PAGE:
5. An MITM Proxy
  5. Hands-on Exercises: 
    1. Setup the Burp Suite for API Security Testing
    2. Understand APIs Using OpenAPI Specifications
    3. Performing Reconnaissance on an API
    4. Enumerate User Accounts From an API
    5. Hunt for Vulnerable APIs

    Module 3: Authentication Attacks and Defenses

    1. Overview of API Authentication
    2. Types of Authentication
      1. No Authentication (Public APIs)
      2. HTTP Basic Authentication
      3. API Token Authentication
      4. OIDC Authentication
      5. JSON Web Tokens (JWTs)
      6. SAML Tokens
      7. Mutual TLS
    3. Authentication Attacks
      1. Brute Force
      2. Weak Password Storage
      3. Password Reset Workflows
      4. Account Lockouts
      5. Insecure OpenID Connect Configuration
      6. Insecure JWTs Validation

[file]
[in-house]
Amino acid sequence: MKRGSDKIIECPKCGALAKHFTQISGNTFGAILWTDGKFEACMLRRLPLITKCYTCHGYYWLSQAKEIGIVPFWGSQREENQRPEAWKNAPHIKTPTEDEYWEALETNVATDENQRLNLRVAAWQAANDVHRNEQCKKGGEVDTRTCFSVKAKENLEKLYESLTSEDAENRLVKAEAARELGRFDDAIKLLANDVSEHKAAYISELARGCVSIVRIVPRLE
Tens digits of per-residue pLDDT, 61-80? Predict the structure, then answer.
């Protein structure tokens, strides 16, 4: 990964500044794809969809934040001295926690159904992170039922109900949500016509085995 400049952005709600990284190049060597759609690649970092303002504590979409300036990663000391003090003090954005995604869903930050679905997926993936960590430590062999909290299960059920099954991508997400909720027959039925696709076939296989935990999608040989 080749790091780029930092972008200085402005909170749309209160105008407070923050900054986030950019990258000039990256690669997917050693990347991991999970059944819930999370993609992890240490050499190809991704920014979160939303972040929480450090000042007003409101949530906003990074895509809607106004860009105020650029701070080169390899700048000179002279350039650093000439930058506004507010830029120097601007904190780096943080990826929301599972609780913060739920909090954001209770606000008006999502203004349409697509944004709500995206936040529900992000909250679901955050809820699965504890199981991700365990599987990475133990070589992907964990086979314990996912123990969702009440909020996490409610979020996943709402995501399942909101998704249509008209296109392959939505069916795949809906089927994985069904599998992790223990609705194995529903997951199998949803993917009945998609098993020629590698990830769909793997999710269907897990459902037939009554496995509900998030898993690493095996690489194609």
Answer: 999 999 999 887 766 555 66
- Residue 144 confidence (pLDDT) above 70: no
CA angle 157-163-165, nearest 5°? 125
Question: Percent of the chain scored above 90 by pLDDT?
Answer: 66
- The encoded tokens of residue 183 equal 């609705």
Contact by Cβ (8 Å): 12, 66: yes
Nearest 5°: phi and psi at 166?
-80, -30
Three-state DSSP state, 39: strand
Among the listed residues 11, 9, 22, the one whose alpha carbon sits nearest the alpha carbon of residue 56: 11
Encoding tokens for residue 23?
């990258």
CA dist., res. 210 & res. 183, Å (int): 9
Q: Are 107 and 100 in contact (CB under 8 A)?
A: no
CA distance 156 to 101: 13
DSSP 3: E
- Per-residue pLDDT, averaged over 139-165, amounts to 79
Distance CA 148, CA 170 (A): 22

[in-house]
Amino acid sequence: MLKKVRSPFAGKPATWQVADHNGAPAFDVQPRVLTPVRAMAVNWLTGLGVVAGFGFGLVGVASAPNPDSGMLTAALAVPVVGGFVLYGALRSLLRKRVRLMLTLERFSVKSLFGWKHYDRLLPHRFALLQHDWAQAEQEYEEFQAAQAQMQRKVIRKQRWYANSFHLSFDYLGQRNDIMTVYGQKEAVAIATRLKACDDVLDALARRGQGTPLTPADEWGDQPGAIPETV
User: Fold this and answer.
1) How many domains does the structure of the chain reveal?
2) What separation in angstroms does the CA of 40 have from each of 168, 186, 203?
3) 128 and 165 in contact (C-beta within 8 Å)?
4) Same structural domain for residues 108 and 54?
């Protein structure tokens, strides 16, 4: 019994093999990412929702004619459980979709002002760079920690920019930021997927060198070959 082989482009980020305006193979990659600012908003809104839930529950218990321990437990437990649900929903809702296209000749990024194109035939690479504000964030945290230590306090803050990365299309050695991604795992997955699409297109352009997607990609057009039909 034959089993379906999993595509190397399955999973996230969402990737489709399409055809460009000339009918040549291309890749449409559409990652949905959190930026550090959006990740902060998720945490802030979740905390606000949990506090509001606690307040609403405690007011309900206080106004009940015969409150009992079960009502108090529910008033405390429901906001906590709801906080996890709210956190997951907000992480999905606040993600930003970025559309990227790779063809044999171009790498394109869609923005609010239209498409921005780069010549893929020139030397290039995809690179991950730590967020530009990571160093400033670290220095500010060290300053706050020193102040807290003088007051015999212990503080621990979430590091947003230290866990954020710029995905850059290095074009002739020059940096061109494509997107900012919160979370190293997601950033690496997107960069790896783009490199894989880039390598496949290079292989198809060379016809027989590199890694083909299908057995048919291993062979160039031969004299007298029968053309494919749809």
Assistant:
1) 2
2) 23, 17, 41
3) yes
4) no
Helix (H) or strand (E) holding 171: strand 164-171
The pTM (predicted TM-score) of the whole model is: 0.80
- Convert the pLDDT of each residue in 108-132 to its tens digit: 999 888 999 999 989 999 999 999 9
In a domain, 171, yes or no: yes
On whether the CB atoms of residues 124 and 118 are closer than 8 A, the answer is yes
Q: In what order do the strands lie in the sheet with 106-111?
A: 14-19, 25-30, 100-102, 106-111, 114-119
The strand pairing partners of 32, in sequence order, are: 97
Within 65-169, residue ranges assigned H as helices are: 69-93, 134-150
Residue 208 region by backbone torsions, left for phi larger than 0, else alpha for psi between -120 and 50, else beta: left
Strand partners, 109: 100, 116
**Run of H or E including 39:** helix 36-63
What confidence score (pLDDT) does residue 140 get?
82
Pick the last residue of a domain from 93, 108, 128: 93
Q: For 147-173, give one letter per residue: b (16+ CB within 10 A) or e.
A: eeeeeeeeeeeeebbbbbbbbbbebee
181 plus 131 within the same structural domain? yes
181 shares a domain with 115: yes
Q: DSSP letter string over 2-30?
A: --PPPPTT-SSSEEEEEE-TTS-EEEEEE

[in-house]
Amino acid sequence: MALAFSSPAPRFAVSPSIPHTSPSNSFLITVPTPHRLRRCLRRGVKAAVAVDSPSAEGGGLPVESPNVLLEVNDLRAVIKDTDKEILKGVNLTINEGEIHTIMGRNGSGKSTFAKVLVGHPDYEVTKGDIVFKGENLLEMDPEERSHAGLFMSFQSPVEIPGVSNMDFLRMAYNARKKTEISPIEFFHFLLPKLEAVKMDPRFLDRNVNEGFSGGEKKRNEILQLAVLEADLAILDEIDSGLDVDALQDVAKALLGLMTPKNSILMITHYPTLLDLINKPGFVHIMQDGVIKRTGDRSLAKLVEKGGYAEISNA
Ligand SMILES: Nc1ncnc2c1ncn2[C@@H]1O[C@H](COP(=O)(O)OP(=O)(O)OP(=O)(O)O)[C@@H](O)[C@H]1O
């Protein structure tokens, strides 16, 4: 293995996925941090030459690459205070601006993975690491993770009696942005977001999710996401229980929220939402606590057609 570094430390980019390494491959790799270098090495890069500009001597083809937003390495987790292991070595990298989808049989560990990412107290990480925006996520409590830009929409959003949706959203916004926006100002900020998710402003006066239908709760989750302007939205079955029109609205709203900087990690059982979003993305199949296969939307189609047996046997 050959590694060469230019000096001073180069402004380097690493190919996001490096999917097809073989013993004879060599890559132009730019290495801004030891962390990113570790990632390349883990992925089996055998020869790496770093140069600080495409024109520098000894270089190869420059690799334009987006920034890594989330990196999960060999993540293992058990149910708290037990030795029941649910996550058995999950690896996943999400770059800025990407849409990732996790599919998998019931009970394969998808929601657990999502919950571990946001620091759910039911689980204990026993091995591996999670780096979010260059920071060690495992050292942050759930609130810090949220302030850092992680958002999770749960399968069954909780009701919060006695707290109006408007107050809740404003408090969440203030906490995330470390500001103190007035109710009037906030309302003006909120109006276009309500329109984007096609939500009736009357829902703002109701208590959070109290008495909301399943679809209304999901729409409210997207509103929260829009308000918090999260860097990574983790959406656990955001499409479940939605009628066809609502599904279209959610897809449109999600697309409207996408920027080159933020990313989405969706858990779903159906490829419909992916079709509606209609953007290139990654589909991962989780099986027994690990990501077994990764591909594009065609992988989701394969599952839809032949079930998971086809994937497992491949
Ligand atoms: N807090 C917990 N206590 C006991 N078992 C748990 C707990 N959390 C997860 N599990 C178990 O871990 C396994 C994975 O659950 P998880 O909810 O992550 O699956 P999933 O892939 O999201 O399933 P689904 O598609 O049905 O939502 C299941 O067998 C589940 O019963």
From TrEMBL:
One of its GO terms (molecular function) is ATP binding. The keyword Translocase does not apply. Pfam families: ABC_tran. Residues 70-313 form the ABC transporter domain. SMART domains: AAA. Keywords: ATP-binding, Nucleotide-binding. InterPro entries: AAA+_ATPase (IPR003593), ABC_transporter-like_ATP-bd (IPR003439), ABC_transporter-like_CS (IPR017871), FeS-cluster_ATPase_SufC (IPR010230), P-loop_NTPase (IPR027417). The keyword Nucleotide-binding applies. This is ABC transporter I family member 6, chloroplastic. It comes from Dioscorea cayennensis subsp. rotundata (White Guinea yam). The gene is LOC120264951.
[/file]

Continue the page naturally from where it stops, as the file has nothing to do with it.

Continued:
4. Authentication Defenses
      1. Secure Authentication Workflows
      2. Strong Password and Key Validation
      3. Multi-Factor Authentication
      4. Securely Storing the Tokens
        1. Cookies 
        2. Local Storage and Session Storage
        3. Token Storage and XSS
      5. Rate Limiting
      6. CAPTCHA
    5. Hands-on Exercises:
      1. Talking to an API Using Basic, API Token and OAuth and JWTs
      2. Exploring Broken Authentication Using API Token, Oauth and JWTs
      3. Exploiting Weak Passwords
      4. Bruteforcing the passwords
      5. Exploiting misconfigurations in scope
      6. Forging Tokens 
      7. Abusing JSON Web Token

    Module 4: Authorization Attacks and Defenses

    1. Overview of API Authorization
    2. Types of Authorization
      1. No Authorization
      2. Role-Based Access Control (RBAC)
      3. Discretionary Access Control (DAC)
      4. ‚Äč‚ÄčAttribute-Based Access Control (ABAC)
      5. Relationship-Based Access Control (ReBAC)
    3. Authorization Attacks
      1. Misconfigured Permissions
      2. Broken Object Level Authorization
      3. Broken Function Level Authorization
      4. Horizontal Privilege Escalation
      5. Vertical Privilege Escalation
    4. Authorization Defenses